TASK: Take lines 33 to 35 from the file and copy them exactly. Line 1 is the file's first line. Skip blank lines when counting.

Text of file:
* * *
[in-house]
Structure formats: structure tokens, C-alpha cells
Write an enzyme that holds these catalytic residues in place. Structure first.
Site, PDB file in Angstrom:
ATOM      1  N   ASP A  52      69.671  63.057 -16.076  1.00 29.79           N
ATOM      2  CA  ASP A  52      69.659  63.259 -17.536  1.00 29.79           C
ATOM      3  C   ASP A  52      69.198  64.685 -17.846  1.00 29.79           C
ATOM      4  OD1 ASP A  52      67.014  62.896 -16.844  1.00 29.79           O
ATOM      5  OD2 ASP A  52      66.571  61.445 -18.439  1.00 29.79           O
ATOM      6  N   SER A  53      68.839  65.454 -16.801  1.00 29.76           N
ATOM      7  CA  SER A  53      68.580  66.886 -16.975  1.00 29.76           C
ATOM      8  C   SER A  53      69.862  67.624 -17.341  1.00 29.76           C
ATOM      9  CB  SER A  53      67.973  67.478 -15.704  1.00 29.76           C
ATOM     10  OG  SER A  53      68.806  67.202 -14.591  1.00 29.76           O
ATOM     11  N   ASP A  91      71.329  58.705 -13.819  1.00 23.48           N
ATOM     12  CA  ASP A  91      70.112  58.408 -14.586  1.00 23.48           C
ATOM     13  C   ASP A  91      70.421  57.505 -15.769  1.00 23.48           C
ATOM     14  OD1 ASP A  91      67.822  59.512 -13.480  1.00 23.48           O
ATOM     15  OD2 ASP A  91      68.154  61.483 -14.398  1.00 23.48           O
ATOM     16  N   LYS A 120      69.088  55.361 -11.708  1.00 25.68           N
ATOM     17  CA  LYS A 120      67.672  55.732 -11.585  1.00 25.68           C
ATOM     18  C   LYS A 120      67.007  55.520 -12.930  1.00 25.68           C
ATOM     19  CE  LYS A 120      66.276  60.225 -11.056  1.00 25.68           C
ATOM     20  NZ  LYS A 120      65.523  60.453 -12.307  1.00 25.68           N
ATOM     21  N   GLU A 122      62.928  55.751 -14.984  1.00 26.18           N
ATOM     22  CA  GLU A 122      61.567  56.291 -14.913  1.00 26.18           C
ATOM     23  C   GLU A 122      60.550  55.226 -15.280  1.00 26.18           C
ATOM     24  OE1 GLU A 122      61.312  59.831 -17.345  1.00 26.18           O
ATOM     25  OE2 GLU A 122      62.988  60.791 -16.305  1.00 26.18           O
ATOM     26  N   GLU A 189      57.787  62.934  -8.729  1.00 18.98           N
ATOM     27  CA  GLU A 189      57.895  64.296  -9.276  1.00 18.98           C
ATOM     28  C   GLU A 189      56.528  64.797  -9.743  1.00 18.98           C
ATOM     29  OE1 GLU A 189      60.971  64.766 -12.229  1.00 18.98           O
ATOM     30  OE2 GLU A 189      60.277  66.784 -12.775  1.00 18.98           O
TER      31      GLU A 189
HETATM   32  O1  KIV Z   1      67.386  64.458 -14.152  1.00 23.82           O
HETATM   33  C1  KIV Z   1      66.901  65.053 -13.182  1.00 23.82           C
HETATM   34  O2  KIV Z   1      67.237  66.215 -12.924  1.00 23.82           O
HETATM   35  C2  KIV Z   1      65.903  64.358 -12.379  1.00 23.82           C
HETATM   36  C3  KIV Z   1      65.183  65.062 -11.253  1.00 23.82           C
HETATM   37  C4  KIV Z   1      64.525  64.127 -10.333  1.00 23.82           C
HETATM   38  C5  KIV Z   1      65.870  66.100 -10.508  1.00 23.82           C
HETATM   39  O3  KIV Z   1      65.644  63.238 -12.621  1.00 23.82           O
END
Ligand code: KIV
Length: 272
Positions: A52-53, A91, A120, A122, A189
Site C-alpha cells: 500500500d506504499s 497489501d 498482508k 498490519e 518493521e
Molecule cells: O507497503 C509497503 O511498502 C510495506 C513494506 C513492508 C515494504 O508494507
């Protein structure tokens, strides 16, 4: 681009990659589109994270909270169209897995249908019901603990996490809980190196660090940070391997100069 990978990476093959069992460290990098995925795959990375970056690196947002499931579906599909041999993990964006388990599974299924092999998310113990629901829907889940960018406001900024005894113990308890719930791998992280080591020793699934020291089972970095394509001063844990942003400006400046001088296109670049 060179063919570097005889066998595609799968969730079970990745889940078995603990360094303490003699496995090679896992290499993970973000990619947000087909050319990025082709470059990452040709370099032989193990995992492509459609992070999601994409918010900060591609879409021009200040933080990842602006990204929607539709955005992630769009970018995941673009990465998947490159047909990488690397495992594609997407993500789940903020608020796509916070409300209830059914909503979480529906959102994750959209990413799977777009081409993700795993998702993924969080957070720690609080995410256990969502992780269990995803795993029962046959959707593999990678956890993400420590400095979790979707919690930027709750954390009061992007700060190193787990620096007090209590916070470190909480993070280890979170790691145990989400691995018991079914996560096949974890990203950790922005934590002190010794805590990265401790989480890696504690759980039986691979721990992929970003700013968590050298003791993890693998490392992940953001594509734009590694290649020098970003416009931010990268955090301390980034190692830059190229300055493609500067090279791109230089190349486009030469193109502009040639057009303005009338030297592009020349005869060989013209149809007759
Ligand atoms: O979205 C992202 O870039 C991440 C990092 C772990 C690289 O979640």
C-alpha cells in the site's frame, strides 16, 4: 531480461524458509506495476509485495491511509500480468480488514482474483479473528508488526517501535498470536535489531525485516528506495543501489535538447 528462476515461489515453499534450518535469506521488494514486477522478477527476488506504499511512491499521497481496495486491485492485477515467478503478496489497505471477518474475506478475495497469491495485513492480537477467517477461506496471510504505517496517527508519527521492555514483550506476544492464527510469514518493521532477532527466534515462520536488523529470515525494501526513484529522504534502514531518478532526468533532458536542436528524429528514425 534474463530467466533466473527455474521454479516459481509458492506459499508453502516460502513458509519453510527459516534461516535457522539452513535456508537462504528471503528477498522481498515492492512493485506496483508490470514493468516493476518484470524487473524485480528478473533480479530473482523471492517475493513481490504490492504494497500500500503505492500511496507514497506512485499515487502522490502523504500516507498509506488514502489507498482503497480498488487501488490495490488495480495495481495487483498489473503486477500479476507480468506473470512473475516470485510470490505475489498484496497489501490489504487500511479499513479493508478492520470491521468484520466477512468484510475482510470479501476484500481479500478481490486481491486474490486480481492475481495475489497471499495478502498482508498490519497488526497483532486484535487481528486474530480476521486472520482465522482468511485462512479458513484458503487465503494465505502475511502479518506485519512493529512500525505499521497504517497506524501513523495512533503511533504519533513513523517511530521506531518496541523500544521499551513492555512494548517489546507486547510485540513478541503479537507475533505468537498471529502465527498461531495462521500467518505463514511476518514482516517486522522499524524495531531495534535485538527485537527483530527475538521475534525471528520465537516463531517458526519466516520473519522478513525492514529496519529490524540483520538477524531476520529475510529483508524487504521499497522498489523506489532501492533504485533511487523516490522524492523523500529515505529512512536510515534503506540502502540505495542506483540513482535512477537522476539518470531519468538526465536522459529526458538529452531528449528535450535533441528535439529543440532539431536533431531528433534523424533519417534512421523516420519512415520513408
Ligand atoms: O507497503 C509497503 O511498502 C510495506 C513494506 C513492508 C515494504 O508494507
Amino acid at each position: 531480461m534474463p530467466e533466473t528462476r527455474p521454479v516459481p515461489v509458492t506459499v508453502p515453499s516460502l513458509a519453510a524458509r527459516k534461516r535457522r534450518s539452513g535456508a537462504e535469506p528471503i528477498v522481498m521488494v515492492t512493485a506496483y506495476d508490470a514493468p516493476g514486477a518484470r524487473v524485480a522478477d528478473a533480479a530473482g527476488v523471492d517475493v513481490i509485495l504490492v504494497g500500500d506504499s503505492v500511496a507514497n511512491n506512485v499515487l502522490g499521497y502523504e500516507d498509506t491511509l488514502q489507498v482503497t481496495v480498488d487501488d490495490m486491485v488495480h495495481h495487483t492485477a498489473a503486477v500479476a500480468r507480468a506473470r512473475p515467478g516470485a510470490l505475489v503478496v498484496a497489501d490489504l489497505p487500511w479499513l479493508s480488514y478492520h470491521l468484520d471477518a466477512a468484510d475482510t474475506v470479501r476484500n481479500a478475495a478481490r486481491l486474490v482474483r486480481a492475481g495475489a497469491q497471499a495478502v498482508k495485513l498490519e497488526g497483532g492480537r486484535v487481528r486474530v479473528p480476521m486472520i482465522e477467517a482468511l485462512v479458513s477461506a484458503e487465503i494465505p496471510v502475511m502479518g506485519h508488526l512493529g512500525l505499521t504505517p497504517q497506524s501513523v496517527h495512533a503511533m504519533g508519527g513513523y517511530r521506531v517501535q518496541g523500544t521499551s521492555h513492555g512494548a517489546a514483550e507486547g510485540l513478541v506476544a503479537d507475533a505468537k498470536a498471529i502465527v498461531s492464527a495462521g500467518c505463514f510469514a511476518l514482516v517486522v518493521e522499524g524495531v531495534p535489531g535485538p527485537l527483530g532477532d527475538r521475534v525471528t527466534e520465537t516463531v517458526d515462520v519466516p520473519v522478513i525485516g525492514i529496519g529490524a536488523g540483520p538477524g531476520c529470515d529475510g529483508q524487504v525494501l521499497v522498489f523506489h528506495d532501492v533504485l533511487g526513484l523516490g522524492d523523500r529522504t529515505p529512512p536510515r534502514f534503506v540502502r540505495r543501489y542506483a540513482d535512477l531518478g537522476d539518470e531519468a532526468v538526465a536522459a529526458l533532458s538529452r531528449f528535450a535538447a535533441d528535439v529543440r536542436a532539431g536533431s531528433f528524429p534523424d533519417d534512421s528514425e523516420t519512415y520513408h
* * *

ATOM     29  OE1 GLU A 189      60.971  64.766 -12.229  1.00 18.98           O
ATOM     30  OE2 GLU A 189      60.277  66.784 -12.775  1.00 18.98           O
TER      31      GLU A 189